During the violent incident at the Capitol on January 6, the media published photos of a tattooed man wearing a fur cap and Viking horns among the protesters. This strange Viking who calls himself “Q Shaman,” suddenly became the poster boy for the pro-Trump protesters. The media have used him as a bizarre example of all right-wing radicals.
Nobody seems to have asked what this Viking Shaman has to do with anything conservative. This zany figure’s appearance only added to the chaos that engulfed America on that day. However, for those who hold authentic traditional values, the shaman’s appearance should be a matter of concern.
Q Shaman: An Ordained Shamanic Practitioner
Such an unconventional character could not help but become known. He has gained a bit of a reputation as “Q Shaman” since he often appears at rallies and protests. With his Viking horns, he is hard to miss. His real name is Jacob Angeli Chansley, 33, and he is an Arizona native.
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Although Q Shaman is a QAnon conspiracy theory follower, he is, above all, an “ordained shamanic practitioner.” At an early age, he rejected his Catholic faith and eventually embraced pagan alternatives. As a “practitioner,” he sells books and courses. He also maintains his recently-censored YouTube channel.
During the Capitol episode, he appeared at the Senate dais as a Viking holding a spear with an American flag crying out: “Where’s Pence?” He obliged the press by posing for photos.
The Dark Side of Shamanism
The big problem with Q Shaman is his dark practice. Wherever primitive societies appear, shamanism is not far behind. It is a form of savage magic or science, in which the shaman seeks to control the spirits and demons allegedly found everywhere in nature.
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The shaman uses his powers to render the spirits’ activities ineffective or favorable by appropriate words and ceremonies. The shaman does this by communicating with spirits at will, often through induced ecstasy or even possession by a spirit that imparts to him intense mental states, superhuman strength or infused knowledge.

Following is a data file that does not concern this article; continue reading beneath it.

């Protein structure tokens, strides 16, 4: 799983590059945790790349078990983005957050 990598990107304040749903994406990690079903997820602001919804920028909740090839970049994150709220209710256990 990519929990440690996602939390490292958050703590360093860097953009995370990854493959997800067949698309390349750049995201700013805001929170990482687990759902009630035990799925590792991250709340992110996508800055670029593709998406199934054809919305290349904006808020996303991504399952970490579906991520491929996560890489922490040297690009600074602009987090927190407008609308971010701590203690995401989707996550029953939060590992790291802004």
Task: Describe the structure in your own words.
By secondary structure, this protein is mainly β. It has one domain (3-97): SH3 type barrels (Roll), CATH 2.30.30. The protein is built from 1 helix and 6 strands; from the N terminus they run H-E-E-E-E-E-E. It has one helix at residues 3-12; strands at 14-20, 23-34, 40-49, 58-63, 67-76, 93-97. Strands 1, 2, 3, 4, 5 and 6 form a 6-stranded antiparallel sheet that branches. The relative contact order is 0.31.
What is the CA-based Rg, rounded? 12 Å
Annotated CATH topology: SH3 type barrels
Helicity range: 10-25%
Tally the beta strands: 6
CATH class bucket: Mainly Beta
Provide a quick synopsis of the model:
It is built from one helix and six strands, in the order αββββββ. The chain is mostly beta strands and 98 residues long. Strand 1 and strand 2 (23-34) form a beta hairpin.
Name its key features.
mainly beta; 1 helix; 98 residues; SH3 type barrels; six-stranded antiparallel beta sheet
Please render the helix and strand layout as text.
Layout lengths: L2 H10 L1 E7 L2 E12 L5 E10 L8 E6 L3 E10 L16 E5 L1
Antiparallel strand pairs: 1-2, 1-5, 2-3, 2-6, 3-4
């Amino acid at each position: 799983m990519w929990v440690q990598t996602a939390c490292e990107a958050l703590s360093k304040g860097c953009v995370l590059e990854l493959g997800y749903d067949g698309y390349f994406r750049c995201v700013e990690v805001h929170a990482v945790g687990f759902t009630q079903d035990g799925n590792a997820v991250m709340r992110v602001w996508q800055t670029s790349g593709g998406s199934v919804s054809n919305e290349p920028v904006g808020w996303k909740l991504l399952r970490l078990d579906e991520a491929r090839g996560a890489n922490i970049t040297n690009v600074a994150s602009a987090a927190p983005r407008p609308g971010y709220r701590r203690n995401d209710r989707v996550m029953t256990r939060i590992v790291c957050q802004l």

Indeed, in an interview with National Review, Q Shaman confirmed his role and his primitive dress as a way “to chase off evil spirits, chase off evil sorcerers and evil witches.”
Occultism on the Rise
Over the past couple of years, witches and Satanists became alarmingly involved in supporting both the civil unrest and political campaigns. A wealth of literature teaches aspiring witches how to cast spells and hexes upon conservative candidates or police officers. Books are appearing that teach people how to mix politics and the demonic. In a largely secular society, the occult is now emerging as a political force.
More often than not, occultists have appeared at leftist events. The left’s political philosophy and revolt against the Christian West make it logical that Satanists would embrace their radical agenda.
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However, Q Shaman represents primitive occultism on the right. He is found in a dark corner of neo-pagan thought, entering the mainstream and includes conservative sectors. It is hard to know how seriously Q Shaman practices his savage science. However, his bizarre appearance as a representative and symbol of traditional values is completely wrong.
Nothing Conservative, Western or Traditional
As a shaman, he represents nothing conservative, Western, Christian or traditional in his beliefs or practices. The Viking shaman seeks a return to barbarism, which brought the world slavery, nudity, infanticide, euthanasia, cannibalism, tyranny and poverty. It was the Church that freed the world of the shaman’s savage practices and suffocating superstition.
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Indeed, Q Shaman more easily represents the left with its fascination for indigenous pagan cultures and its rejection of Christian morals. His positions fit well with postmodern philosophies that emphasize fantasy and the creation of one’s own reality. If he is to be a symbol, let the left claim him; he does not belong on the right.
Photo Credit: Win McNamee / Getty Images News